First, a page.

‘Tom Jones’ Is No Masterpiece

Solly McLeod and Sophie Wilde in PBS' 'Tom Jones'. (Photo: Courtesy of Mammoth Screen)

In a busy spring for prestige television, critically acclaimed shows like Succession, Barry, and Ted Lasso signed off with emotional finales. Meanwhile, a more modest production, PBS Masterpiece’s Tom Jones, came and went with little fuss. It’s worth a closer look, however, because it reveals the shortcomings of modern entertainment’s focus on racial identity.

The miniseries is the latest adaptation of Henry Fielding’s The History of Tom Jones: A Foundling (1749), a rollicking novel about the misadventures of its title character. An abandoned  child raised by a benevolent country gentleman, Tom has affairs with several women throughout the very long and occasionally bawdy novel, but his true love is Sophia Western, a neighboring squire’s daughter. Unfortunately, his low birth and her betrothal to an undeserving cad mean they can never marry. Or can they? 

Any adaptation of Fielding’s nearly 1,000-page novel will have to make difficult cuts and tricky modifications, but the PBS version makes a significant change to the identity of a central character, recasting Sophia (played by the Australian actress Sophie Wilde) as the daughter of a Jamaican plantation owner and one of his slaves. Not only does this version change Sophia’s race, it also elevates her role by making her the show’s narrator—a departure from both the novel and previous adaptations. The novel’s narrator is a famously loquacious and prominent voice, frequently expounding upon art, morality, religion, and the other characters. In some screen versions, including the 1963 Oscar-winning film, the narrator is a separate character who breaks the fourth wall by speaking directly to the camera. Sophia isn’t quite so involved in the PBS production (she only narrates through voiceover), but the shift still makes her the story’s central consciousness.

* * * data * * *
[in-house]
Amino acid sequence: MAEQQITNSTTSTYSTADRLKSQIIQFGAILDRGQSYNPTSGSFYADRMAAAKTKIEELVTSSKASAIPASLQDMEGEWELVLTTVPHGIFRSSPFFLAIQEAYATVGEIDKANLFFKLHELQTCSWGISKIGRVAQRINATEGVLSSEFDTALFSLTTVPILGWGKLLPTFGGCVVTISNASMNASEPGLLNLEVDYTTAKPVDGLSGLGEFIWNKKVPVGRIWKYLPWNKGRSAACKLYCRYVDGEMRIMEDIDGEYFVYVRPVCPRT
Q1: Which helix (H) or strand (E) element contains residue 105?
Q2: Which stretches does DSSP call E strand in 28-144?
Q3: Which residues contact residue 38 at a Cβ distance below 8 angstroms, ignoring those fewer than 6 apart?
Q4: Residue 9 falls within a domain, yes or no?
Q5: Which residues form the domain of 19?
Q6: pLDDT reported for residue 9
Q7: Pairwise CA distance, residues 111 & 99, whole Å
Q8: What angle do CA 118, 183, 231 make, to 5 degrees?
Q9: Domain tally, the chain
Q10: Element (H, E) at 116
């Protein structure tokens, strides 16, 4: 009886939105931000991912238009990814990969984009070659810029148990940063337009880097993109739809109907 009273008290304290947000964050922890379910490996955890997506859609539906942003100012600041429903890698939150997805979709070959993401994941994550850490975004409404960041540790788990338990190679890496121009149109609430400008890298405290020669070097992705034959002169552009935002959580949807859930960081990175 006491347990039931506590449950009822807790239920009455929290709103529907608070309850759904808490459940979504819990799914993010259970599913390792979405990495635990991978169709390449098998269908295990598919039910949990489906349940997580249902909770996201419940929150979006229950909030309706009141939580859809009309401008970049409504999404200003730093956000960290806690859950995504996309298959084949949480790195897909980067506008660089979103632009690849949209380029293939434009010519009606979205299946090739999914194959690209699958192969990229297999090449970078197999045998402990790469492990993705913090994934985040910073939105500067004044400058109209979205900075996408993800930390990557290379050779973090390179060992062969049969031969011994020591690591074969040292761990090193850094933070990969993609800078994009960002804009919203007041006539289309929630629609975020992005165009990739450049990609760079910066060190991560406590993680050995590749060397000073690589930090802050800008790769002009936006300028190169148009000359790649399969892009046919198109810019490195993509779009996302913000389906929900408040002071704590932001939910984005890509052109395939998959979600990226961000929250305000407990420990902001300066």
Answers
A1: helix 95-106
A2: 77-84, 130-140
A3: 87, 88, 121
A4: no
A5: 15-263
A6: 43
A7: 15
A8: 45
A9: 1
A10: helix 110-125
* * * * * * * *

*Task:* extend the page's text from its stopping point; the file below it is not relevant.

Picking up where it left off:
These alterations are in keeping with broader production trends. Disney’s new live-action The Little Mermaid casts Halle Bailey (who is black) as Ariel; Netflix’s Bridgerton and Queen Charlotte: A Bridgerton Story reimagine 18th-and-19th-century British monarchy and aristocracy as multi-racial; and PBS Masterpiece’s Sanditon adapts an unfinished Jane Austen novel featuring a black character. Audience demographics are changing, and studio executives—believing that viewers are more likely to enjoy content that features people who look like them—have responded by diversifying their casts. That’s a reasonable response, but it doesn’t always work, and it is especially risky when adapting existing material. The changes can end up being superficial and perfunctory.

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